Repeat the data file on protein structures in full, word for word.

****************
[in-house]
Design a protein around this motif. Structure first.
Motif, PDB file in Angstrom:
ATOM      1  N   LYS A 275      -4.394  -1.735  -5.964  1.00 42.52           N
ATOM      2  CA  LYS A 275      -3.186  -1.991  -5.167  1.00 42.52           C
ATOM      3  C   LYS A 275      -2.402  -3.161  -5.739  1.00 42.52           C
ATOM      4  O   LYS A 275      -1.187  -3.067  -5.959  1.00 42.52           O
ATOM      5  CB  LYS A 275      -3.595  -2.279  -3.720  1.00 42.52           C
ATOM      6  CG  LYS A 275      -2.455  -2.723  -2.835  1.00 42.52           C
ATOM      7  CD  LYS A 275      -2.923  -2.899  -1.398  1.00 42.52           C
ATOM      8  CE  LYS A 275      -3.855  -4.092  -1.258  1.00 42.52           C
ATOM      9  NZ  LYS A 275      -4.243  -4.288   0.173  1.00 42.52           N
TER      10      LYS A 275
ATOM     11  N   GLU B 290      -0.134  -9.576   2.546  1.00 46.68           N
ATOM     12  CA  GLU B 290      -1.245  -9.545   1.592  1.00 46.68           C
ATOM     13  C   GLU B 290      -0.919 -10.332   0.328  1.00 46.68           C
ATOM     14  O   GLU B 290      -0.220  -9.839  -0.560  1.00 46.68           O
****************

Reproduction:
[in-house]
Design a protein around this motif. Structure first.
Motif, PDB file in Angstrom:
ATOM      1  N   LYS A 275      -4.394  -1.735  -5.964  1.00 42.52           N
ATOM      2  CA  LYS A 275      -3.186  -1.991  -5.167  1.00 42.52           C
ATOM      3  C   LYS A 275      -2.402  -3.161  -5.739  1.00 42.52           C
ATOM      4  O   LYS A 275      -1.187  -3.067  -5.959  1.00 42.52           O
ATOM      5  CB  LYS A 275      -3.595  -2.279  -3.720  1.00 42.52           C
ATOM      6  CG  LYS A 275      -2.455  -2.723  -2.835  1.00 42.52           C
ATOM      7  CD  LYS A 275      -2.923  -2.899  -1.398  1.00 42.52           C
ATOM      8  CE  LYS A 275      -3.855  -4.092  -1.258  1.00 42.52           C
ATOM      9  NZ  LYS A 275      -4.243  -4.288   0.173  1.00 42.52           N
TER      10      LYS A 275
ATOM     11  N   GLU B 290      -0.134  -9.576   2.546  1.00 46.68           N
ATOM     12  CA  GLU B 290      -1.245  -9.545   1.592  1.00 46.68           C
ATOM     13  C   GLU B 290      -0.919 -10.332   0.328  1.00 46.68           C
ATOM     14  O   GLU B 290      -0.220  -9.839  -0.560  1.00 46.68           O